In Case You Missed it, Read the Highlights from CREtech Talks: Emerging Trends in Construction Technology
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The construction tech sector has been on a rapid path of growth over the past several years. The biggest challenge the industry faces is adoption of new innovation and best practices. However, today’s leaders are rethinking their path towards a more efficient tech first strategy and their willingness-to-adopt technology in construction is increasing.
In a recent CREtech Talks: Emerging Trends in Construction Technology, five of the most innovative leaders in construction real estate, Daniel Fetner of Corigin Ventures, Greg Gushee of Related Companies, Mark Accomando of Heartland Ventures, Jit Kee Chin of Suffolk Construction and Sungjoon Cho of D20 Capital discussed and shared their perspectives on the construction tech sector and how today’s developers are leveraging technology to increase productivity and profitability. The session was hosted by Ashkan Zandieh, Chief Intelligence Officer and Global Head of Real Estate Tech Intelligence at CREtech.
One of the core takeaways was how new the innovation strategies and investment vehicles are in the construction technology sector. Similar to real estate technology being a subsector of fintech in the early 2010’s, before clearly being its own category today with over $30 Billion invested in 2019.
However, from the perspective of a corporate venture capital (CVC) and strategics to early stage investing, the panel laid out the need to have and must haves of their investment strategies.
According to Sungjoon Cho of D20 Capital, investment strategies in construction tech varies by stage of investment and founder market fit. “If you’re investing at the seed stage, you can’t really expect too much from customer tractions,” according to Cho.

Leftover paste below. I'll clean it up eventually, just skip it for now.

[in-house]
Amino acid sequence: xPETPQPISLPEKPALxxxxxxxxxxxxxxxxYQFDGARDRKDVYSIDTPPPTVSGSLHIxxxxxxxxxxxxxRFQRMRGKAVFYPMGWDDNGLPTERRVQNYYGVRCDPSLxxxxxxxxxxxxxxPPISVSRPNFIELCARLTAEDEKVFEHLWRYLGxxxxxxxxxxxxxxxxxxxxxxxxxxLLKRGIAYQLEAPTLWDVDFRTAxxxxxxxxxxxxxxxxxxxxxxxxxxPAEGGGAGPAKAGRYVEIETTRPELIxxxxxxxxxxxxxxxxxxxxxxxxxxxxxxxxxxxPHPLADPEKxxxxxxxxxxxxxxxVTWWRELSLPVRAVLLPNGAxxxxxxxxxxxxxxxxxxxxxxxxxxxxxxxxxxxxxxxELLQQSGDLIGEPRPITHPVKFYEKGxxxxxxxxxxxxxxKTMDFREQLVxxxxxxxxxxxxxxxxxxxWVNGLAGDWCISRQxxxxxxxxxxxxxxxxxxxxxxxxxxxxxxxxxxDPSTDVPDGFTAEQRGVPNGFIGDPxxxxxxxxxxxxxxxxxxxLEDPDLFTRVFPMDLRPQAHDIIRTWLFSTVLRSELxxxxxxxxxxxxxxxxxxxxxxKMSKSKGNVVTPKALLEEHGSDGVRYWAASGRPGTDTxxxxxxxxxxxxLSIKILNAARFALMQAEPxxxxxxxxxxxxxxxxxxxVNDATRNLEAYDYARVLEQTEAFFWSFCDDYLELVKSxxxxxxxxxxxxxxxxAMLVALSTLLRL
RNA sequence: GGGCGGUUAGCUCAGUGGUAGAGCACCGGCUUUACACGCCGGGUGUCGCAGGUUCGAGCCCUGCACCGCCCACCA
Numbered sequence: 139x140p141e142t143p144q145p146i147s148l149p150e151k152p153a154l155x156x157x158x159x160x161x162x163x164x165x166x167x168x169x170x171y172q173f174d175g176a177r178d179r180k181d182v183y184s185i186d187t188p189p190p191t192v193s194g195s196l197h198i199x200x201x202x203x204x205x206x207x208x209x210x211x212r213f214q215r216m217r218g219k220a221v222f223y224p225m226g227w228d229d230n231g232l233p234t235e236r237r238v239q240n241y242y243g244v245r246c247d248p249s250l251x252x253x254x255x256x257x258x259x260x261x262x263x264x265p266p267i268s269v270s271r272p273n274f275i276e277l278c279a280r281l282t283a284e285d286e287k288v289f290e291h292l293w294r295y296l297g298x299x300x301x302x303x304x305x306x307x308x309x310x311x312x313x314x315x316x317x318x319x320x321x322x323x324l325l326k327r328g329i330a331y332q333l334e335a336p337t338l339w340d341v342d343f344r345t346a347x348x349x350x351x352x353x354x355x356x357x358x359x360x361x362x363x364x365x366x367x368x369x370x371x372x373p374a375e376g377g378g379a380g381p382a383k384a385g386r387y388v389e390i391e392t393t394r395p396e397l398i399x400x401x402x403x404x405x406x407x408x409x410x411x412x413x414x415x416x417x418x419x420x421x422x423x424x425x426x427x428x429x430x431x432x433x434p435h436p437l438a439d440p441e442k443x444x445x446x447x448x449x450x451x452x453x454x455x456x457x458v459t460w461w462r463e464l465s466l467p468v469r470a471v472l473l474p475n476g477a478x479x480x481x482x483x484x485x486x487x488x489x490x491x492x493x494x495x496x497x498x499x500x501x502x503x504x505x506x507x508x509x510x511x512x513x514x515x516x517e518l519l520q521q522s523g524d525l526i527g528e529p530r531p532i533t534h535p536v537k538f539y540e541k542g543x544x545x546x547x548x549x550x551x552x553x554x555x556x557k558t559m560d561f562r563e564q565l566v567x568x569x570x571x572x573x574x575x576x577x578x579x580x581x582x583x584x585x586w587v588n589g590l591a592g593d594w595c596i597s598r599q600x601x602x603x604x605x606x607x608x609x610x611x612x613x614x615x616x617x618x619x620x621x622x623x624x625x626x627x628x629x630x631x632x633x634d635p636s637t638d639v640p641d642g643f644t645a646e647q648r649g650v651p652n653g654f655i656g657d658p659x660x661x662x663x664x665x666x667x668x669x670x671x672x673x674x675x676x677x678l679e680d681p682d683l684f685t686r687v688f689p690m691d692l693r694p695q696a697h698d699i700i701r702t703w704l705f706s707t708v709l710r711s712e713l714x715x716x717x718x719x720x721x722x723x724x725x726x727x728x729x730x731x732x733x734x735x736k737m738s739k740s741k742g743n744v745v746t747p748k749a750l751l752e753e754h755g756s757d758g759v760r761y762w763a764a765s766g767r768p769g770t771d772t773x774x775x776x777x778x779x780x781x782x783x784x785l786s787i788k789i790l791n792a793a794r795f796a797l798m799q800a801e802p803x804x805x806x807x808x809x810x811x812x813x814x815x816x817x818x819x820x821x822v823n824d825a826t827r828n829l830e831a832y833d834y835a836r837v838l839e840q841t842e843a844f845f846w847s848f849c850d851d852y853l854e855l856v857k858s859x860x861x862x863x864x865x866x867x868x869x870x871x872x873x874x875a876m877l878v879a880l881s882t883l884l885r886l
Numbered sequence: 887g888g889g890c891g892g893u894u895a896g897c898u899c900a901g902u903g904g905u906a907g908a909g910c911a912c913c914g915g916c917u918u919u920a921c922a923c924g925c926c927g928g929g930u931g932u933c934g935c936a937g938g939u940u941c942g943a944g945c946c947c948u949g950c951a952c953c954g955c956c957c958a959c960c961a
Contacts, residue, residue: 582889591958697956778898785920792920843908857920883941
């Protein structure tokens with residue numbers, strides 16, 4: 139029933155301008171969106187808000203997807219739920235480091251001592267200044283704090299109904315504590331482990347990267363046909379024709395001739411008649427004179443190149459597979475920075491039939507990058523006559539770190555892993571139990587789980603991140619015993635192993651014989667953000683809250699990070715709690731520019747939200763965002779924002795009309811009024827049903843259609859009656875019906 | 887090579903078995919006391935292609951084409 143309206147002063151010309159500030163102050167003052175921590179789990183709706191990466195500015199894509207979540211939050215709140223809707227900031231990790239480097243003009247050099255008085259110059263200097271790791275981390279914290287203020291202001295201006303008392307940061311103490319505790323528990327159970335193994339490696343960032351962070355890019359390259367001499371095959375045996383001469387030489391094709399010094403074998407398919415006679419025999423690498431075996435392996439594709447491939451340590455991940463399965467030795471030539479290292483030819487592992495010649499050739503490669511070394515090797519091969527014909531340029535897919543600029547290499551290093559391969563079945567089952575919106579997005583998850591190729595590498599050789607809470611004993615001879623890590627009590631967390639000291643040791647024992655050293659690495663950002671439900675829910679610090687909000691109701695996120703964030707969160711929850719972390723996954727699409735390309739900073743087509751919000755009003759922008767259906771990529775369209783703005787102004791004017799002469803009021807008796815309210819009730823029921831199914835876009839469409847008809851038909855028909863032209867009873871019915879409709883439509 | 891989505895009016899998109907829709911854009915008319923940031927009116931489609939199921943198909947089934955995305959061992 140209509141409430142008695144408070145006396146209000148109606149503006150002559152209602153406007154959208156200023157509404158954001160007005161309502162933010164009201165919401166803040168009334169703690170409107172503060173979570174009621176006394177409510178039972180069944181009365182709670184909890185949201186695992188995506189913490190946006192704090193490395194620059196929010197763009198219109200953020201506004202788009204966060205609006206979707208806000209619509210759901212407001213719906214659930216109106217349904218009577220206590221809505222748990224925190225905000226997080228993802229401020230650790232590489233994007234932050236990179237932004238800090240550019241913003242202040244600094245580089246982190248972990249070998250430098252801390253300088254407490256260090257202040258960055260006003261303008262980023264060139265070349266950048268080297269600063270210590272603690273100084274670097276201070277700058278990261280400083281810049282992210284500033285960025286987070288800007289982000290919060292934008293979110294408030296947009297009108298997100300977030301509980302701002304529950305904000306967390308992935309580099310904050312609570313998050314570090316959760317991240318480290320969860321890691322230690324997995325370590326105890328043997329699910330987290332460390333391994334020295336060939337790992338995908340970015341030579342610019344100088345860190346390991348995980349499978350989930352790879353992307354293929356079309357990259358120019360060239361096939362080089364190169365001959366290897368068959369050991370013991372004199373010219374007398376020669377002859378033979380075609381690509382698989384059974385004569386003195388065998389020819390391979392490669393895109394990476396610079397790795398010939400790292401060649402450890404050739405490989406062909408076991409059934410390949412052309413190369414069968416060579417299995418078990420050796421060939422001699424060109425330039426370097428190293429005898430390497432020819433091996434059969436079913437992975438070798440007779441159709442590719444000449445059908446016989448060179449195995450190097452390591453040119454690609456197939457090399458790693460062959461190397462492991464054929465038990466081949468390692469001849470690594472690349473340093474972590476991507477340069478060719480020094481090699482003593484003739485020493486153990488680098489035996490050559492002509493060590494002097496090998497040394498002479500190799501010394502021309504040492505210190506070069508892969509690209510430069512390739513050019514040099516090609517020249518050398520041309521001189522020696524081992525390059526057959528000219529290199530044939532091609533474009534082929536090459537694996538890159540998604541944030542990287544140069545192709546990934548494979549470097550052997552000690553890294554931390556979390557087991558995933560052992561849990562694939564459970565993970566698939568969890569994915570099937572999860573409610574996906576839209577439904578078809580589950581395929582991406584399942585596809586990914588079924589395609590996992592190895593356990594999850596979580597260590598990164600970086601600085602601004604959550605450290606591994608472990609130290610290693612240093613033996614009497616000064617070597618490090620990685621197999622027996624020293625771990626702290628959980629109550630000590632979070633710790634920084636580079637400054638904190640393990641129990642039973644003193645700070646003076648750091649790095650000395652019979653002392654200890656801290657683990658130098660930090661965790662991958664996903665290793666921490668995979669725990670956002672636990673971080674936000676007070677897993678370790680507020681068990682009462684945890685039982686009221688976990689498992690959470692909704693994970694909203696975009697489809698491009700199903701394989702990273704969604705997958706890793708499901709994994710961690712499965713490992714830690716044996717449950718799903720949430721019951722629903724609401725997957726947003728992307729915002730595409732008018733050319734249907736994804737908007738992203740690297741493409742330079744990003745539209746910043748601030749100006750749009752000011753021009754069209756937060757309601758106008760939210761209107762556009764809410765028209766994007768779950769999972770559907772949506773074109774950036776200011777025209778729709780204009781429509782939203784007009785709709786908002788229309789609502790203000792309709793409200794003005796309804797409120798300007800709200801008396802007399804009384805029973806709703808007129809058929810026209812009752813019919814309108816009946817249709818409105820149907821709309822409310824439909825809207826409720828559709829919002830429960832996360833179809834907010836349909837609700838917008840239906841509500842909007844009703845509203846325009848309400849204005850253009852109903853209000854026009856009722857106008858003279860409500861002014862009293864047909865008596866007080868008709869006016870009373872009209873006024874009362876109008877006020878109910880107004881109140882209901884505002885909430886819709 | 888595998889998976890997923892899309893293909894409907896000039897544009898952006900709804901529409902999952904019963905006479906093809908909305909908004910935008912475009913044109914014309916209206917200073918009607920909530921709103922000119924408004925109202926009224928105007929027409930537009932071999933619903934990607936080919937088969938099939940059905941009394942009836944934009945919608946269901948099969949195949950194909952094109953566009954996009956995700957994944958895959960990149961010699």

Additionally, early stage investor, Mark Accomando of Heartland Ventures, added the adoption challenges that many companies in construction tech face. However Accomando believes that “finding something and designing something that has a strong focus on usability, understanding who that power user is on the other side, and almost building a ‘consumer like’ experience for a B2B or enterprise level software will work wonders,” could help startups in construction tech succeed.
However, when it comes to either adoption or investment, for companies like Related and Suffolk, it’s about the relationship between the startup and their organization.
“We prefer to have a relationship beforehand,” said Jit Kee Chin of Suffolk Construction.
Similar to the same way an institutional VC’s would have relationships with a network of entrepreneurs in the ecosystem, companies like Suffolk develop relationships with companies that could help solve challenges.
“At the right time we introduce pilots because we recognize, for investment, sometimes the product is still too early,” added Chin.
“We would not invest if we weren’t a customer,” said to Greg Gushee of Related Companies.
Additionally, when selling into companies like Related, Gushee added the importance of persistence, patients, and pilotes. “We are very pilot driven, so propose a pilot structure right away.”
In terms of market activity, the panel seemingly agreed on several opportunities and overall growth of the market, while sharing their thoughts on technology that is still too early.
“The interesting thing that I’m seeing coming out of institutional VC firms is that there are a lot of tried and true models that are being applied to the construction tech space, said Cho. “I’m excited about a lot of these tools that are really accelerating the collection and usage of data.”
The future evolution of data ultimately will lead to automation of many processes, however some on the panel believe that automation may not apply to all sector of construction tech.
“I think we’re definitely early. I might say we’re a bit too early,” said Chin. “It feels that a lot of the automation out there requires very precise operating conditions and if any one of those operating conditions are off or not present, it doesn’t work.”
In terms of technology that mature, the panel unanimously agreed on vision technology.
“I do think that the drones, computer vision, lidar…that technology is ripe, it’s almost there,” said Gushee.
And according to Gushee, the advancements of vision technology combined with AI, BIM models, “that’s ripe. That’s about to happen.”
Overall, the time may have arrived for innovation in the construction industry, according to the panel. Many of today’s must-have technologies have been lead by a myriad of scenarios, however adoption may ultimately come down to two factors, pain and price. While we may still be in early innings of constructions digital transformation, leading technologies have begun to emerge and the construction industry is ready to adopt.